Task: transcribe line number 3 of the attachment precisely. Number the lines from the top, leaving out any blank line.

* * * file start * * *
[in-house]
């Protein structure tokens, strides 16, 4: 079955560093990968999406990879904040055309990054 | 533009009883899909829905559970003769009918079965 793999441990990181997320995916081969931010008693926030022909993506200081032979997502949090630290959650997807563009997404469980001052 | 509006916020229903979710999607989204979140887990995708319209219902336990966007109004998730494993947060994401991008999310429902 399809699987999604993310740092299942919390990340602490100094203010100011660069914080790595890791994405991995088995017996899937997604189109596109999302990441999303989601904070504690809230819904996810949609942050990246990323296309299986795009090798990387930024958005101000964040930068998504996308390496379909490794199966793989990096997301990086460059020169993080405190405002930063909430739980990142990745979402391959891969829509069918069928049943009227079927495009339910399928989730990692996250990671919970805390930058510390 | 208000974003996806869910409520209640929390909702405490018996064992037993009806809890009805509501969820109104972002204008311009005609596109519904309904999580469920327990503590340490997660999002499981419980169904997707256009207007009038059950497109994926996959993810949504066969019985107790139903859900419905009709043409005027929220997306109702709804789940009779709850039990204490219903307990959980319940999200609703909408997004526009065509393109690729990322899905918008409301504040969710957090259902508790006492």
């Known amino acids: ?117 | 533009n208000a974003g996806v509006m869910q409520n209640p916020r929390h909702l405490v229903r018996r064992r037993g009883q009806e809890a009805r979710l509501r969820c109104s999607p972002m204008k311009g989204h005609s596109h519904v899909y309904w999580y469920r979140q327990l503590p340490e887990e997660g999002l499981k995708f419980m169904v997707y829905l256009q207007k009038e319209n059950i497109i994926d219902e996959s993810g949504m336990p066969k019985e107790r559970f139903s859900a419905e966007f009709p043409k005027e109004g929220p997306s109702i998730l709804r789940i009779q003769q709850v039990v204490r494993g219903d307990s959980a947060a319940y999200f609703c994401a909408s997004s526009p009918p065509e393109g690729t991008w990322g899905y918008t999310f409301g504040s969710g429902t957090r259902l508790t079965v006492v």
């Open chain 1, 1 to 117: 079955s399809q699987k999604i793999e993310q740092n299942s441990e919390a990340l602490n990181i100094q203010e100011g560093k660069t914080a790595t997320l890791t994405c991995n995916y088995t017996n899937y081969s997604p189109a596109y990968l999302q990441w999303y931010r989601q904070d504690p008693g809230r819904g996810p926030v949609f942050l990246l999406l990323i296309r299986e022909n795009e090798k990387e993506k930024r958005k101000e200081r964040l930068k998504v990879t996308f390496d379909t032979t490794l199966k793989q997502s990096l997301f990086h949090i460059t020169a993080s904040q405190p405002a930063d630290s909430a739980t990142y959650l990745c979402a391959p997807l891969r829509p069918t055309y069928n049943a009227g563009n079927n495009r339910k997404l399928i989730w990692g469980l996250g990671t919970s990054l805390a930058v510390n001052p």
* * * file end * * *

């Known amino acids: ?117 | 533009n208000a974003g996806v509006m869910q409520n209640p916020r929390h909702l405490v229903r018996r064992r037993g009883q009806e809890a009805r979710l509501r969820c109104s999607p972002m204008k311009g989204h005609s596109h519904v899909y309904w999580y469920r979140q327990l503590p340490e887990e997660g999002l499981k995708f419980m169904v997707y829905l256009q207007k009038e319209n059950i497109i994926d219902e996959s993810g949504m336990p066969k019985e107790r559970f139903s859900a419905e966007f009709p043409k005027e109004g929220p997306s109702i998730l709804r789940i009779q003769q709850v039990v204490r494993g219903d307990s959980a947060a319940y999200f609703c994401a909408s997004s526009p009918p065509e393109g690729t991008w990322g899905y918008t999310f409301g504040s969710g429902t957090r259902l508790t079965v006492v």